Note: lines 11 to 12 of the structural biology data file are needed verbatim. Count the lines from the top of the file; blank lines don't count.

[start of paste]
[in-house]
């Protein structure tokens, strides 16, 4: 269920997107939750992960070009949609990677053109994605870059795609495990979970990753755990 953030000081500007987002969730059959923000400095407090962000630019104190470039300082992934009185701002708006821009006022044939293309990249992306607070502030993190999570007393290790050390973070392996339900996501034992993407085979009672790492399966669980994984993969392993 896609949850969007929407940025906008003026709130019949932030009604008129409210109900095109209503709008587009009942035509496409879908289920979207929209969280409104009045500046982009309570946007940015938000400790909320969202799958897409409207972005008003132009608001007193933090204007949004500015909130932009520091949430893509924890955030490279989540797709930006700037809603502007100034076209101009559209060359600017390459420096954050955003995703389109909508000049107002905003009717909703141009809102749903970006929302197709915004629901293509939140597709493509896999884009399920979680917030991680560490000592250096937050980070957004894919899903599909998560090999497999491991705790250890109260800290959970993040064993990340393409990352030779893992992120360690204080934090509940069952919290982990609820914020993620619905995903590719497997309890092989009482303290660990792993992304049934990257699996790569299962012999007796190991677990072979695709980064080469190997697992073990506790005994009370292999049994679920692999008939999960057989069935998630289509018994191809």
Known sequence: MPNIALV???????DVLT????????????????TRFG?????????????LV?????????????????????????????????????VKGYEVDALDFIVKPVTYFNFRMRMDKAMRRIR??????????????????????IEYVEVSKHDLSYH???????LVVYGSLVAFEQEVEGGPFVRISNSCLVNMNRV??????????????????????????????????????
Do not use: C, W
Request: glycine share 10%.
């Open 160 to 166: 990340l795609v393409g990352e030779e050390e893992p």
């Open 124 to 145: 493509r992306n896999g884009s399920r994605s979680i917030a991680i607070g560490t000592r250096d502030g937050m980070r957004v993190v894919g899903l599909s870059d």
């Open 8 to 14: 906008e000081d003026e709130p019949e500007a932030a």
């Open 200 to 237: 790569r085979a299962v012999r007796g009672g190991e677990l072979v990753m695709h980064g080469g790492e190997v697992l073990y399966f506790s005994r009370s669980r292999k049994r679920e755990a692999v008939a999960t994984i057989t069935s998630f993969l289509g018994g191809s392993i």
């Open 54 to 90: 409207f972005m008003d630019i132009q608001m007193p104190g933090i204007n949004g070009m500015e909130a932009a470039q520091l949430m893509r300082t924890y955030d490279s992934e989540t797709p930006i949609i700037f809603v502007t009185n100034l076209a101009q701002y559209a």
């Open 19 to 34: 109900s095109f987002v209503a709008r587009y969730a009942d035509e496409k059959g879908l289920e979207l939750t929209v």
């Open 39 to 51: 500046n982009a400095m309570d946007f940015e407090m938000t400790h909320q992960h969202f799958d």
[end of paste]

């Open 19 to 34: 109900s095109f987002v209503a709008r587009y969730a009942d035509e496409k059959g879908l289920e979207l939750t929209v």
């Open 39 to 51: 500046n982009a400095m309570d946007f940015e407090m938000t400790h909320q992960h969202f799958d």